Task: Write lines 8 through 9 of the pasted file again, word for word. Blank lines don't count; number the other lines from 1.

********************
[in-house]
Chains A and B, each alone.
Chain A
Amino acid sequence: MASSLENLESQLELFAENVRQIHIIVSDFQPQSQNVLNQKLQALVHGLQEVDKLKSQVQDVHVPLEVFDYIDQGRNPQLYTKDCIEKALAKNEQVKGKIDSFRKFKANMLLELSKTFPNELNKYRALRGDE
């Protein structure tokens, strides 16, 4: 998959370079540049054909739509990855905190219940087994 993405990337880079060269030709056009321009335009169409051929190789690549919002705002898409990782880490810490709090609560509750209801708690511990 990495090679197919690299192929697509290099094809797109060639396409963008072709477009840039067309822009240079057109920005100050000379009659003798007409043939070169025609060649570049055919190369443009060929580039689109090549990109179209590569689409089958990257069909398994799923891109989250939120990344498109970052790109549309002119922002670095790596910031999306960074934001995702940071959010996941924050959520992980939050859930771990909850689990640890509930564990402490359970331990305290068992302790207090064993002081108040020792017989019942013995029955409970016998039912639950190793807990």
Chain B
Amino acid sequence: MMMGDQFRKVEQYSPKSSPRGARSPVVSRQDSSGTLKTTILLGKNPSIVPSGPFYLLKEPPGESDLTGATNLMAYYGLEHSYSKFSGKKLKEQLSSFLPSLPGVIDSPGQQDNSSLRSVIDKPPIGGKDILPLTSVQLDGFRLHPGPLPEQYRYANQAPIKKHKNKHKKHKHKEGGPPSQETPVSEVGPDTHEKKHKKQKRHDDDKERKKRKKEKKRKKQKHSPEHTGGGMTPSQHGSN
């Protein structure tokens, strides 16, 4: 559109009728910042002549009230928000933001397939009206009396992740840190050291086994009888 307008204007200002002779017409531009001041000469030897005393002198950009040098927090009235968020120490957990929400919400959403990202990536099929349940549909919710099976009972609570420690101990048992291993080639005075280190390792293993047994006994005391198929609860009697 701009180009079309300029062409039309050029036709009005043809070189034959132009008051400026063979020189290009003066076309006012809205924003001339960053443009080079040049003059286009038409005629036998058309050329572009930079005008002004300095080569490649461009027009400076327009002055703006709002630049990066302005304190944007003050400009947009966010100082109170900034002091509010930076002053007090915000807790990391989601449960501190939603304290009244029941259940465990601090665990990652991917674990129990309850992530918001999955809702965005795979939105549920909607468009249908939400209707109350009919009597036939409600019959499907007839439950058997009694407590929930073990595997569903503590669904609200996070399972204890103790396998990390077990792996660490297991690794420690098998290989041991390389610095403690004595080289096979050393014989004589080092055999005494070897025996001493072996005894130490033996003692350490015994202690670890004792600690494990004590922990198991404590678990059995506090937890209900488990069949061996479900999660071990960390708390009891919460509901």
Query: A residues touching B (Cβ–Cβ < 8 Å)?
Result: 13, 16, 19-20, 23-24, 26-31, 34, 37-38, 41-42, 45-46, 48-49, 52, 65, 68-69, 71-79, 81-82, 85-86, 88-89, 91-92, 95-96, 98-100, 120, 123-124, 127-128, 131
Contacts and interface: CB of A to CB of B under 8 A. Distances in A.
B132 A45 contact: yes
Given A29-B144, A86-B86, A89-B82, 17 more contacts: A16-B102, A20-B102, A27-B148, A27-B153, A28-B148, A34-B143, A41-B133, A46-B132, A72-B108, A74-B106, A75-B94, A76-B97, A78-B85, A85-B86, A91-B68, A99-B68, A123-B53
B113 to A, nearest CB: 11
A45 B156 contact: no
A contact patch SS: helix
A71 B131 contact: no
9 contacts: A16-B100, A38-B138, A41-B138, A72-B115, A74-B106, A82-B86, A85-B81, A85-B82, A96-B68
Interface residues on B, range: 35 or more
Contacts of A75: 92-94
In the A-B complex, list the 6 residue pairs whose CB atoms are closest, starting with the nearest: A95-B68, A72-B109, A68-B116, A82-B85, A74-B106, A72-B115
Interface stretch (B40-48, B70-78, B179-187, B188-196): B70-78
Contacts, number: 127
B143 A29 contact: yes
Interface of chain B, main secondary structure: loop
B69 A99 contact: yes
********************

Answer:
């Protein structure tokens, strides 16, 4: 559109009728910042002549009230928000933001397939009206009396992740840190050291086994009888 307008204007200002002779017409531009001041000469030897005393002198950009040098927090009235968020120490957990929400919400959403990202990536099929349940549909919710099976009972609570420690101990048992291993080639005075280190390792293993047994006994005391198929609860009697 701009180009079309300029062409039309050029036709009005043809070189034959132009008051400026063979020189290009003066076309006012809205924003001339960053443009080079040049003059286009038409005629036998058309050329572009930079005008002004300095080569490649461009027009400076327009002055703006709002630049990066302005304190944007003050400009947009966010100082109170900034002091509010930076002053007090915000807790990391989601449960501190939603304290009244029941259940465990601090665990990652991917674990129990309850992530918001999955809702965005795979939105549920909607468009249908939400209707109350009919009597036939409600019959499907007839439950058997009694407590929930073990595997569903503590669904609200996070399972204890103790396998990390077990792996660490297991690794420690098998290989041991390389610095403690004595080289096979050393014989004589080092055999005494070897025996001493072996005894130490033996003692350490015994202690670890004792600690494990004590922990198991404590678990059995506090937890209900488990069949061996479900999660071990960390708390009891919460509901």
Query: A residues touching B (Cβ–Cβ < 8 Å)?